But the family said running into him during Charlie’s final hours meant more than anyone will ever know. After a full meal, and a walk in the park with her family, Charlie was honored as an officer, then went on to rest in peace.

A Young Cancer Patient Only Wants Letters. Can You All Help?

A Young Cancer Patient Only Wants Letters. Can You All Help?

KSP Trooper Robert Purdy (center) helped arrange the new mailbox for teen cancer patient Aaron Stamper’s wish of receiving as many birthday cards as will fit in it. (Source: @TprPurdy/Twitter)

IRVINE, KY (WAVE) – An Estill County teenager who’s battling cancer got an early birthday gift just days before he turns 16: A large mailbox to accommodate his other wish — as many birthday cards as will fit inside of it.

WLEX-TV, the NBC affiliate in Lexington, reported that Aaron Stamper’s family has experienced its share of tragedy over the last three years.

“There’s days I don’t know if we can get through it or not,” Aaron’s mother Diane Stamper told the news station. “But we just have people pray for us.”

In April 2014, Aaron was diagnosed with acute lymphoblastic t-cell 2 leukemia just two days before his 13th birthday.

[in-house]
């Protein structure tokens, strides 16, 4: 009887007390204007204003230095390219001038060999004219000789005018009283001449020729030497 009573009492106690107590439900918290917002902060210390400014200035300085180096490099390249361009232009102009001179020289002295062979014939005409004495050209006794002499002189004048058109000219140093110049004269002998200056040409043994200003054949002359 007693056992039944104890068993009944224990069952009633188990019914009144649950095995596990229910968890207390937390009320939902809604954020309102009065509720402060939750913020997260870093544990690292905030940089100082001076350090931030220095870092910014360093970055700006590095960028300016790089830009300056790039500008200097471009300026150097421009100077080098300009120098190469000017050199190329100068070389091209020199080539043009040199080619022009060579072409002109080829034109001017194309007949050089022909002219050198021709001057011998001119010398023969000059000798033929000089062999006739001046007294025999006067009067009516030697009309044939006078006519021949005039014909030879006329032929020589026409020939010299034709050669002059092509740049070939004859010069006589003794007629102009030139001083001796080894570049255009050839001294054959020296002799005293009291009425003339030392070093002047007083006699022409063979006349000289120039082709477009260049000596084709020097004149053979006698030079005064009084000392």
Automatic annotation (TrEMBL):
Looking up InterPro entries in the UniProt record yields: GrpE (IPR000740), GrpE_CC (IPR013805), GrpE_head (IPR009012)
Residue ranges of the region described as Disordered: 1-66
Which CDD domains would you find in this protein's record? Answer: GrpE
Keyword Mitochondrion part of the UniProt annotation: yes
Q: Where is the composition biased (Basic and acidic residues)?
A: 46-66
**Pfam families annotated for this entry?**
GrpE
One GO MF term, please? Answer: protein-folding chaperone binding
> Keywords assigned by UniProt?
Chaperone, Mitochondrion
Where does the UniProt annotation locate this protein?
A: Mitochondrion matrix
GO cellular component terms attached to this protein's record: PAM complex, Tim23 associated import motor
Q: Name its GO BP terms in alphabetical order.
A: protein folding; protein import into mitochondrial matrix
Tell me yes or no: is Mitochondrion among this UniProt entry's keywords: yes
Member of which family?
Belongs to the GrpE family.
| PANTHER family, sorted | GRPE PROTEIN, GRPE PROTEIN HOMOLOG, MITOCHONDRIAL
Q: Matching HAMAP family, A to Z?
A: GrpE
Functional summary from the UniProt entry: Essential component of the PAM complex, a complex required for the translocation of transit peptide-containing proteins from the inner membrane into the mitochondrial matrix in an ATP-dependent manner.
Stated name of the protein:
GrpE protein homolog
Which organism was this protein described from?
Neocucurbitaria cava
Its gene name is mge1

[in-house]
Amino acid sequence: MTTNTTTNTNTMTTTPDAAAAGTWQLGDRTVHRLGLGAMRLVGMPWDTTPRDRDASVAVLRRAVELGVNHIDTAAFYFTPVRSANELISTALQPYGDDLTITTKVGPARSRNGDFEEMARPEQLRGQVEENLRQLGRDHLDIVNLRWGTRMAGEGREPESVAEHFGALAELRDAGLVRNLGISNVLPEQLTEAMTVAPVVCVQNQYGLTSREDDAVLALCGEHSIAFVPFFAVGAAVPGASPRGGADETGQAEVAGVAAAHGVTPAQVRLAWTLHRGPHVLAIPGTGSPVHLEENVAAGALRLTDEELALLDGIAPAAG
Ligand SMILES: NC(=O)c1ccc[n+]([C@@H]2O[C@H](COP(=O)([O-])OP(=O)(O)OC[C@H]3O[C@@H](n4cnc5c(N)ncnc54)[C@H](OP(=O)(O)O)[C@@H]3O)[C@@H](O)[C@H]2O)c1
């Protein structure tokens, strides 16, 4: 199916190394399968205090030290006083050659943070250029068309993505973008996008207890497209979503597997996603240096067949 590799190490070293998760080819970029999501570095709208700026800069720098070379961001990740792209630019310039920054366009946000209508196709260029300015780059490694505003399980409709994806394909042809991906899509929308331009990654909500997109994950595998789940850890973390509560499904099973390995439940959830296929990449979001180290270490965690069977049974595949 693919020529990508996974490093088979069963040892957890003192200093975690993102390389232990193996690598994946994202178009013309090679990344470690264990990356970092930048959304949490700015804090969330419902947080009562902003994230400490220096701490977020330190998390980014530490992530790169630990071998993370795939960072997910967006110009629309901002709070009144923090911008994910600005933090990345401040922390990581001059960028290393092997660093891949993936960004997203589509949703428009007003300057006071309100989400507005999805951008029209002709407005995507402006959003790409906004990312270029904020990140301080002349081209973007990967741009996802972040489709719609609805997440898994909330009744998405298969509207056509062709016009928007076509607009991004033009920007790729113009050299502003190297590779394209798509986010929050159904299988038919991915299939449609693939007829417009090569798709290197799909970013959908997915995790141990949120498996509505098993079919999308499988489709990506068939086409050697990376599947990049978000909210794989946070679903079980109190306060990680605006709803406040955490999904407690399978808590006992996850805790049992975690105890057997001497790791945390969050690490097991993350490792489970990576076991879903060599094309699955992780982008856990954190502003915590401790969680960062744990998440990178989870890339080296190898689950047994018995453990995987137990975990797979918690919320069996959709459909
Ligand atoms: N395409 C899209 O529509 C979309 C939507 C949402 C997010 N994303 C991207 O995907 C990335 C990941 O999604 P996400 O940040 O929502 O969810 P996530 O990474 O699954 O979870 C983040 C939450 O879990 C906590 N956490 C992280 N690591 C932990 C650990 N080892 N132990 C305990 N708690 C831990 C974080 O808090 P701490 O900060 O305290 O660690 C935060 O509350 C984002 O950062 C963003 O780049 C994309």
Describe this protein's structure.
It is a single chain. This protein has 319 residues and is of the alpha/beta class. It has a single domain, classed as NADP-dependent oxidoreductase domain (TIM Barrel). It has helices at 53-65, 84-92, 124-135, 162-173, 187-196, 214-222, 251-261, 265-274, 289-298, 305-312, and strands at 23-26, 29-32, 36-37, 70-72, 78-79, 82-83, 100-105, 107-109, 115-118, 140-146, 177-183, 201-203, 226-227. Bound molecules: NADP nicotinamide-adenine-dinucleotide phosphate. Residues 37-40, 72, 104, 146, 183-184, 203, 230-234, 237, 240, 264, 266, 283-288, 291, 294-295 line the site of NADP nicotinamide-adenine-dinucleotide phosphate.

One year later, Aaron’s 19-year-old brother Ethan died in a car crash.

“I’m dreading it very much because we need to celebrate Aaron’s birthday, but at the same time, we’ll be celebrating the anniversary for (Ethan’s) death, too,” their mother said.

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Kentucky State Trooper Robert Purdy heard about the boy’s wish and Thursday, he took matters into his own hands, and tweeted out the result:

Diane Stamper said she wants to make Aaron’s 16th birthday special on Sunday by granting his small request for cards.

“I just like to collect them,” Aaron told WLEX. “When I get older, I want to put them in a book so I can remember them all, remember how hard things were.”

His mother said each card gives Aaron the courage to keep fighting.

“It would mean a great deal to know it would bring him joy,” Diane Stamper said.